Earlier this month,Representatives Angela Williams and Carole Murray joined with Senators Mark Scheffel and Lois Tochtrop to introduce Senate Bill 157, which proposes to reform the Colorado high cost fund. To gain support for the reform, the legislators apparently cut a deal with several corporations that get paid by the fund, and the bill explicitly states that the Colorado Public Utilities Commission must continue to pay millions of dollars to the companies even if the money is no longer necessary to serve the interests of consumers.
Don’t get me wrong: reforming the fund makes sense. The fund was originally designed to support telephone service to rural areas, but in recent years technology has evolved to the point where the fund is no longer necessary to get service to most rural consumers. The market has developed to a point where in many areas numerous companies provide phone service to rural areas in Colorado, including cable, wireless, and satellite companies. In those situations, it no longer makes sense to pay one of those companies to provide service.
To fix this problem, the draft legislation adds the following language to the statute that created the universal service fund (40-15-208):
The commission shall establish a schedule to eliminate support for [local phone companies] in any areas in which it determines that consumers have access to basic local exchange service at affordable rates, rendering such financial support to meet universal service goals no longer necessary.
That makes sense—in areas where the commission finds that universal service funding is not necessary, it should eliminate those payments (or ramp the payments down over time). And the new law goes on to define where funding is not necessary: any area where 90 percent of consumers have a choice between at least 5 providers. In those areas, universal service funding will be eliminated. It is the rest of the paragraph that makes no sense. A handful of corporations had the audacity to add language that says that the commission can take away funds only from one company, CenturyLink. [Until recently, I worked for Qwest (the predecessor to CenturyLink), so I will not talk about whether taking away money from them is appropriate.] Even more brazenly, those corporations added one last sentence to the paragraph:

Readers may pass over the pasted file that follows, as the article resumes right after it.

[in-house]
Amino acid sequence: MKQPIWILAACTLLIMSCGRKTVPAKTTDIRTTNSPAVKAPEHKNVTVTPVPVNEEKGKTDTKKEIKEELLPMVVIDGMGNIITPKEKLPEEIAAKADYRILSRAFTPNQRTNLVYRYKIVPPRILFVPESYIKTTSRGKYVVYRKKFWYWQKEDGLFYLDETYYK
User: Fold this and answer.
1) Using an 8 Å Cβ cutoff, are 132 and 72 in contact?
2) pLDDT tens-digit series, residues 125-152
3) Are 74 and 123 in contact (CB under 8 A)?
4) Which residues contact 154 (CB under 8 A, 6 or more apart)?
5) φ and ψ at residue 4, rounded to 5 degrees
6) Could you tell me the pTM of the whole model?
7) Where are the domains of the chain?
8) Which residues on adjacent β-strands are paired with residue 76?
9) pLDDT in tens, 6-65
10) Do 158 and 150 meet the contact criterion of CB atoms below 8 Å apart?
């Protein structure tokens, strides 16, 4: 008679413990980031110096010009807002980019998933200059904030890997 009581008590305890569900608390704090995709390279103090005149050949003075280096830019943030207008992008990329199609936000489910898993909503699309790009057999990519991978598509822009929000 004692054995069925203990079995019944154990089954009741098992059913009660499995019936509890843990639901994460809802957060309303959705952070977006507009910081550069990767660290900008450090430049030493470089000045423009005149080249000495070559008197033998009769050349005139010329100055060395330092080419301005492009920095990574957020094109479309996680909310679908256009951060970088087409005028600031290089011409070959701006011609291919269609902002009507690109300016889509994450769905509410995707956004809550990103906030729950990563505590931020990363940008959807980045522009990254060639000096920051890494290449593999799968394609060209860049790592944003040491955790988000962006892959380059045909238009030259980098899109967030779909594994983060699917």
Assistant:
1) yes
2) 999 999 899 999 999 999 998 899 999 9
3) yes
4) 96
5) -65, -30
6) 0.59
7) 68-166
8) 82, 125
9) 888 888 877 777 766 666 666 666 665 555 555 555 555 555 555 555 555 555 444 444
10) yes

Support for rural local exchange carriers and competitive local exchange carriers shall not be reduced by operation of this subparagraph.
The effect of this paragraph is explicit. The commission cannot reduce payments to these corporations even where: 1) Consumers have the ability to get service from 4 other providers; and 2) The commission has determined that payments from the fund are not necessary to help consumers.
This language applies to ten companies that currently get $4 million from the fund each year, nine wireline companies and one wireless provider, Vaiero. The fund will end in 2025, but for more than a decade, the commission is not allowed to reduce the $2.5 million Vaiero gets from the fund. The nine wireline companies will actually get more: their draw goes up from $1.5 million to $7 million. Again, the commission is not allowed to reduce these payments until 2025, even if it determines that the payments do not help consumers.
I’m not surprised that the lobbyists for these corporations had the hutzpah to propose that they keep their money even if the commission has determined that the payments no longer are necessary to help consumers. After all, it is their job, and there is a long history in this industry of legislators unthinkingly granting requests of rural and competitive telephone companies. I am surprised that the legislators agreed to this particular language. They can’t claim that they didn’t understand what they were doing or that they are doing it to help consumers. The language couldn’t more clear: these corporations will get their millions for twelve more years, even in areas where consumers have numerous other choices, and even if the commission determines that the payments no longer are necessary to support services to rural consumers. It boggles the mind–or my naive mind, at least.